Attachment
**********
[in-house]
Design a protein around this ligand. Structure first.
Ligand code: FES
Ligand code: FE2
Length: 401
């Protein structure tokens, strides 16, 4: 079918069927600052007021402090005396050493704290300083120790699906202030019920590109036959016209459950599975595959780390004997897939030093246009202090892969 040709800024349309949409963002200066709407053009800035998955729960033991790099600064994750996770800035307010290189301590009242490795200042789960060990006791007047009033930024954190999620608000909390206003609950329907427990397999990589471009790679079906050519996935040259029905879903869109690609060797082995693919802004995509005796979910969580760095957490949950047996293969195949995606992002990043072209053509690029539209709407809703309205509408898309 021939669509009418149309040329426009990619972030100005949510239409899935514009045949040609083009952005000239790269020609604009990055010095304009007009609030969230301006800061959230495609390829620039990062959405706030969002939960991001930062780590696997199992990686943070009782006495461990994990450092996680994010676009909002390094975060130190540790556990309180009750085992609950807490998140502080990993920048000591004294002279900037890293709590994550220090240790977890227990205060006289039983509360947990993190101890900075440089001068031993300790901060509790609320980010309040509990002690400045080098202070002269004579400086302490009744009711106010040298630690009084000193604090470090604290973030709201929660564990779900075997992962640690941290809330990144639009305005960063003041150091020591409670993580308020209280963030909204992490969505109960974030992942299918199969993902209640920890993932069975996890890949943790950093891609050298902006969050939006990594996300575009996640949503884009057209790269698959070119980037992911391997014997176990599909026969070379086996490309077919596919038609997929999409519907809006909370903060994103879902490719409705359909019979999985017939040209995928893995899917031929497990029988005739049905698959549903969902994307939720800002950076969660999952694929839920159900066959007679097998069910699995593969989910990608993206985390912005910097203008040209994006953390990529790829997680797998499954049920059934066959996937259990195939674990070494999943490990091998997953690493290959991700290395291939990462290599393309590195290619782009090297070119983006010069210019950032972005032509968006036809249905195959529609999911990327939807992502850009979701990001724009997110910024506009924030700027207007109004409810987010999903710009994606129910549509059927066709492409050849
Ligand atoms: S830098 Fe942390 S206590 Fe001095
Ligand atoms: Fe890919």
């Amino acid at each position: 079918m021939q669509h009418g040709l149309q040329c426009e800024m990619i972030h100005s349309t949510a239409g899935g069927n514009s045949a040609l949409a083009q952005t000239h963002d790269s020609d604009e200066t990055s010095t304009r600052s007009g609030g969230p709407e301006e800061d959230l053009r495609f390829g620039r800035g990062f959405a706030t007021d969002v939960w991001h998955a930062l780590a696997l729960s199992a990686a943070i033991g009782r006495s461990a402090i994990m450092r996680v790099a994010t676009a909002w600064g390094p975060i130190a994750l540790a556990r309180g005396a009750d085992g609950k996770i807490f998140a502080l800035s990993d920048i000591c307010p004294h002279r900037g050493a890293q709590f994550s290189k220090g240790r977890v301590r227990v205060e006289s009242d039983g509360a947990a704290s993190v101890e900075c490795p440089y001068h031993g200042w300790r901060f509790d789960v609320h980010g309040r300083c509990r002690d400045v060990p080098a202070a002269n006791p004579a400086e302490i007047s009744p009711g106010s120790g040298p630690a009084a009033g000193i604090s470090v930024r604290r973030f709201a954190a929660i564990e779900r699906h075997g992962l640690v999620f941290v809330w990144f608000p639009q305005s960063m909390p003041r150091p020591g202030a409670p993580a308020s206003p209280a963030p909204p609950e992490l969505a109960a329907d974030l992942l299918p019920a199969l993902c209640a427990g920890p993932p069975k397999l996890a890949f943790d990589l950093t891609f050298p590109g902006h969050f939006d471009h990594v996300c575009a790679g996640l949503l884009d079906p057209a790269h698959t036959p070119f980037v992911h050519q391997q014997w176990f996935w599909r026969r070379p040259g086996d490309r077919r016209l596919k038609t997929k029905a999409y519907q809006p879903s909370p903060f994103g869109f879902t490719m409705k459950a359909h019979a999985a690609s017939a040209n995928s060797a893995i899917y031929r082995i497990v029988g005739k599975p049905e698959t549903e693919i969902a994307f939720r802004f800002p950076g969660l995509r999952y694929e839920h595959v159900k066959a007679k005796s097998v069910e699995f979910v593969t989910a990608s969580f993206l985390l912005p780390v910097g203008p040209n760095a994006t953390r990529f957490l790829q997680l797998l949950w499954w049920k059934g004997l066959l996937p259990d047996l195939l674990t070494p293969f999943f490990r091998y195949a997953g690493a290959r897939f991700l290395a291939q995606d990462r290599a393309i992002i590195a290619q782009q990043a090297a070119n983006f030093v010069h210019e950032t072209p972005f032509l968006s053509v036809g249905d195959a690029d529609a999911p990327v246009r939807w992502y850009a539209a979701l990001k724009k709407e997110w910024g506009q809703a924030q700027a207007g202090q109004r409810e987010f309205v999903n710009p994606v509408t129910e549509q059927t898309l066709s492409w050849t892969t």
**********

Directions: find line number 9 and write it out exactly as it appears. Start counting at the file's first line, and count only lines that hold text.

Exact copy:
């Amino acid at each position: 079918m021939q669509h009418g040709l149309q040329c426009e800024m990619i972030h100005s349309t949510a239409g899935g069927n514009s045949a040609l949409a083009q952005t000239h963002d790269s020609d604009e200066t990055s010095t304009r600052s007009g609030g969230p709407e301006e800061d959230l053009r495609f390829g620039r800035g990062f959405a706030t007021d969002v939960w991001h998955a930062l780590a696997l729960s199992a990686a943070i033991g009782r006495s461990a402090i994990m450092r996680v790099a994010t676009a909002w600064g390094p975060i130190a994750l540790a556990r309180g005396a009750d085992g609950k996770i807490f998140a502080l800035s990993d920048i000591c307010p004294h002279r900037g050493a890293q709590f994550s290189k220090g240790r977890v301590r227990v205060e006289s009242d039983g509360a947990a704290s993190v101890e900075c490795p440089y001068h031993g200042w300790r901060f509790d789960v609320h980010g309040r300083c509990r002690d400045v060990p080098a202070a002269n006791p004579a400086e302490i007047s009744p009711g106010s120790g040298p630690a009084a009033g000193i604090s470090v930024r604290r973030f709201a954190a929660i564990e779900r699906h075997g992962l640690v999620f941290v809330w990144f608000p639009q305005s960063m909390p003041r150091p020591g202030a409670p993580a308020s206003p209280a963030p909204p609950e992490l969505a109960a329907d974030l992942l299918p019920a199969l993902c209640a427990g920890p993932p069975k397999l996890a890949f943790d990589l950093t891609f050298p590109g902006h969050f939006d471009h990594v996300c575009a790679g996640l949503l884009d079906p057209a790269h698959t036959p070119f980037v992911h050519q391997q014997w176990f996935w599909r026969r070379p040259g086996d490309r077919r016209l596919k038609t997929k029905a999409y519907q809006p879903s909370p903060f994103g869109f879902t490719m409705k459950a359909h019979a999985a690609s017939a040209n995928s060797a893995i899917y031929r082995i497990v029988g005739k599975p049905e698959t549903e693919i969902a994307f939720r802004f800002p950076g969660l995509r999952y694929e839920h595959v159900k066959a007679k005796s097998v069910e699995f979910v593969t989910a990608s969580f993206l985390l912005p780390v910097g203008p040209n760095a994006t953390r990529f957490l790829q997680l797998l949950w499954w049920k059934g004997l066959l996937p259990d047996l195939l674990t070494p293969f999943f490990r091998y195949a997953g690493a290959r897939f991700l290395a291939q995606d990462r290599a393309i992002i590195a290619q782009q990043a090297a070119n983006f030093v010069h210019e950032t072209p972005f032509l968006s053509v036809g249905d195959a690029d529609a999911p990327v246009r939807w992502y850009a539209a979701l990001k724009k709407e997110w910024g506009q809703a924030q700027a207007g202090q109004r409810e987010f309205v999903n710009p994606v509408t129910e549509q059927t898309l066709s492409w050849t892969t």